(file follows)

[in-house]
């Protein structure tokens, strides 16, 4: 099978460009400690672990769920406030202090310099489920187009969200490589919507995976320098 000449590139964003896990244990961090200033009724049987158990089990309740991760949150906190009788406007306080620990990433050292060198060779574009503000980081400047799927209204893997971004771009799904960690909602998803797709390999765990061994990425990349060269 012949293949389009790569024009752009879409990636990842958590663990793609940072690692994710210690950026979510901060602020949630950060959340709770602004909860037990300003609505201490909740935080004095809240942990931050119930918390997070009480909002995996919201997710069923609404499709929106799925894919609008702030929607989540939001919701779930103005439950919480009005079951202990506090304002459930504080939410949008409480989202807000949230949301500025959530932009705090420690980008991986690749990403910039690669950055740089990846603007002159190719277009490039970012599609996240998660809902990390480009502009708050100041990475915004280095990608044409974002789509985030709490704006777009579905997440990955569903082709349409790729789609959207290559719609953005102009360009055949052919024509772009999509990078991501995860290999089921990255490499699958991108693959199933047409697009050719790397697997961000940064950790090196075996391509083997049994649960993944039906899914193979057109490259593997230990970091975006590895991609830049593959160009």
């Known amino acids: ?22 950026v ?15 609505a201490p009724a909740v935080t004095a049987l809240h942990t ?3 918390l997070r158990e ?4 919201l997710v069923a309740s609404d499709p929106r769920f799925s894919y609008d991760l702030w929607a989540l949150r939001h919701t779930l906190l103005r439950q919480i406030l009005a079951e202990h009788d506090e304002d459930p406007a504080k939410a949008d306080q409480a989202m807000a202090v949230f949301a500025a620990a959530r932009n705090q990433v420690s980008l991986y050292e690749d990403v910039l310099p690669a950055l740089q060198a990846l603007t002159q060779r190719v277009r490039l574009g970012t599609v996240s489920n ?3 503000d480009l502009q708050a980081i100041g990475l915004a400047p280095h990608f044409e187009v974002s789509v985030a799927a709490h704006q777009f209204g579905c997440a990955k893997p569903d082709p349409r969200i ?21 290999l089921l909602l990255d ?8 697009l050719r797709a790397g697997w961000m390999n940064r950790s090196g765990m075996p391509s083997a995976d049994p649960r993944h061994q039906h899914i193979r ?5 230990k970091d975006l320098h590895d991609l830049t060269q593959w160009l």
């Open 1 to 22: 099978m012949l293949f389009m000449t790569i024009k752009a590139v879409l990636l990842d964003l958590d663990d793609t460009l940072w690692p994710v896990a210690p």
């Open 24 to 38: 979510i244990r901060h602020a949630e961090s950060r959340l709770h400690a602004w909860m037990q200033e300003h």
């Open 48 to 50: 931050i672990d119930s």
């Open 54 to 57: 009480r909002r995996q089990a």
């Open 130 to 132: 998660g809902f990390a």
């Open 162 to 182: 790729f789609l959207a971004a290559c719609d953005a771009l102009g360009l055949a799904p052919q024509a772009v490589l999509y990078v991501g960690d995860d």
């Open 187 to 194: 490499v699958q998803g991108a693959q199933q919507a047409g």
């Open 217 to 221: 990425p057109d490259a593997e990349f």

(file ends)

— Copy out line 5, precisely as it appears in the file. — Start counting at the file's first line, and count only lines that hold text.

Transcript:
């Open 24 to 38: 979510i244990r901060h602020a949630e961090s950060r959340l709770h400690a602004w909860m037990q200033e300003h």